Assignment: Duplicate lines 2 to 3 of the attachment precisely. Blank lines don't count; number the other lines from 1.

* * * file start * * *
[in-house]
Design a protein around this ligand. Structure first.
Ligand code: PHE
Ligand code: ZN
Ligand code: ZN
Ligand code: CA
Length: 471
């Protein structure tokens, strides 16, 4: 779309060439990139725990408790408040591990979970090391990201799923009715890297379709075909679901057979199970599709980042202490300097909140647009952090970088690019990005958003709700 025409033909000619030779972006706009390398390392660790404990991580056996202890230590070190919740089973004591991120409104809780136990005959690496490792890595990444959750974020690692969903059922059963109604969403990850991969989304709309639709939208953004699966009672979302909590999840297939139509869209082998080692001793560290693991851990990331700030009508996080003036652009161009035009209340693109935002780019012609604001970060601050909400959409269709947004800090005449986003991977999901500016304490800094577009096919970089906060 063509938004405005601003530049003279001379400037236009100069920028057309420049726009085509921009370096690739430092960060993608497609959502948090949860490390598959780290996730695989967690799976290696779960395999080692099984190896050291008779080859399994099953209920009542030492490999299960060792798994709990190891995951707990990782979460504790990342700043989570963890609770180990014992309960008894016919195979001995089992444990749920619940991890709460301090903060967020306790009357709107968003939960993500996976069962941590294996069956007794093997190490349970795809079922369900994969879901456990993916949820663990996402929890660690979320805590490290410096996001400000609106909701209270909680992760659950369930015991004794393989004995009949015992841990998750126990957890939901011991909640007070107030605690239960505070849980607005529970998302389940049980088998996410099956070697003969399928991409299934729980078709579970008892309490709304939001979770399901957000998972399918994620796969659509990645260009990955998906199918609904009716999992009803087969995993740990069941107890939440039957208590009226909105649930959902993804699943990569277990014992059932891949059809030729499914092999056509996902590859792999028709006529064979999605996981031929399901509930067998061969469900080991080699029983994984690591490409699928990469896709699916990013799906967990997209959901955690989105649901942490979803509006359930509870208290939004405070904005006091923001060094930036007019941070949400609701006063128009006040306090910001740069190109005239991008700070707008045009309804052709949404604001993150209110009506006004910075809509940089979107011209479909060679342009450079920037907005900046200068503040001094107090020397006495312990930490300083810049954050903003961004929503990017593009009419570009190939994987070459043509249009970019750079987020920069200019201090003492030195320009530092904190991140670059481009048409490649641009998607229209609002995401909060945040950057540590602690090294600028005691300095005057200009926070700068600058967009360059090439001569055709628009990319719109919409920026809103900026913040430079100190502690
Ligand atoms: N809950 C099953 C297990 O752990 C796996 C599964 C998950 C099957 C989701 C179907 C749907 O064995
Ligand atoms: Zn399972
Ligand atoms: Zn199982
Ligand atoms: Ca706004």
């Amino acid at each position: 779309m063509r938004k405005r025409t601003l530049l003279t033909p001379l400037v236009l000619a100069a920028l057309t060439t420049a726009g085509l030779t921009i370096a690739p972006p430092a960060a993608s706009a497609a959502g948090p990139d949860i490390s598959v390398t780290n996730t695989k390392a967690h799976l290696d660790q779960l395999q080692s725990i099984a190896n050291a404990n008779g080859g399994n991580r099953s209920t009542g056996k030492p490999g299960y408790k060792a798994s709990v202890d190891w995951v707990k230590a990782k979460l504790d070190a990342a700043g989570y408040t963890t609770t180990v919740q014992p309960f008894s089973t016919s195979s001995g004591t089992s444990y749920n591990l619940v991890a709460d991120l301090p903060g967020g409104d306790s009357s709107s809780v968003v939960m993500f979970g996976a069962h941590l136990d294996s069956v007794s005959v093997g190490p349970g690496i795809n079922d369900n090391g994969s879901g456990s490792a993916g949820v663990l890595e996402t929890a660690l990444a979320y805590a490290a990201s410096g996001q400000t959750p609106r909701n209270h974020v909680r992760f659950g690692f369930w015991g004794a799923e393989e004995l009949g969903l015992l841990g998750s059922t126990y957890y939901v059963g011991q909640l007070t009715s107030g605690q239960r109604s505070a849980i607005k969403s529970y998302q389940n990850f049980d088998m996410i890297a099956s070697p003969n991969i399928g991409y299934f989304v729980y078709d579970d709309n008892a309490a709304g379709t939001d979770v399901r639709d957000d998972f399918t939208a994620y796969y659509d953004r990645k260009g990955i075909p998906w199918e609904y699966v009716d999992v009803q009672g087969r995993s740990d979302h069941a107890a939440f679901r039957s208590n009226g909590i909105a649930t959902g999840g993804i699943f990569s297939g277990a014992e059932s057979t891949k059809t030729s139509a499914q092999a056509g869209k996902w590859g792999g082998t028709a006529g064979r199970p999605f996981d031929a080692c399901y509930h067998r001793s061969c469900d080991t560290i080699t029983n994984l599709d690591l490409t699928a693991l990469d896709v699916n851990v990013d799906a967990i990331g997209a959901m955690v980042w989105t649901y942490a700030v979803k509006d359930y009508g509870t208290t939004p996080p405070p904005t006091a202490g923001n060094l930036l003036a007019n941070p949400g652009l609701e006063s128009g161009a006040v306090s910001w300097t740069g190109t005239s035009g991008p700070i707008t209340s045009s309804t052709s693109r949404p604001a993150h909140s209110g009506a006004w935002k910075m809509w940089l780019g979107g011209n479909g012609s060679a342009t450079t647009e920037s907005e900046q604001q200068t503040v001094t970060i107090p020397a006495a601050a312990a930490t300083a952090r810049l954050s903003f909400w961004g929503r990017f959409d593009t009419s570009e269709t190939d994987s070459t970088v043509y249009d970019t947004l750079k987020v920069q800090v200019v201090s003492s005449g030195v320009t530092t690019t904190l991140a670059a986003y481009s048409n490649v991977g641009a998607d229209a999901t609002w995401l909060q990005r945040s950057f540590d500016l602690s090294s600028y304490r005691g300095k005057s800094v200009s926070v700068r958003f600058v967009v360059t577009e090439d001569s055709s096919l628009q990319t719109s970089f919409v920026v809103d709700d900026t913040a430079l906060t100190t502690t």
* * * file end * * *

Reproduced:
Design a protein around this ligand. Structure first.
Ligand code: PHE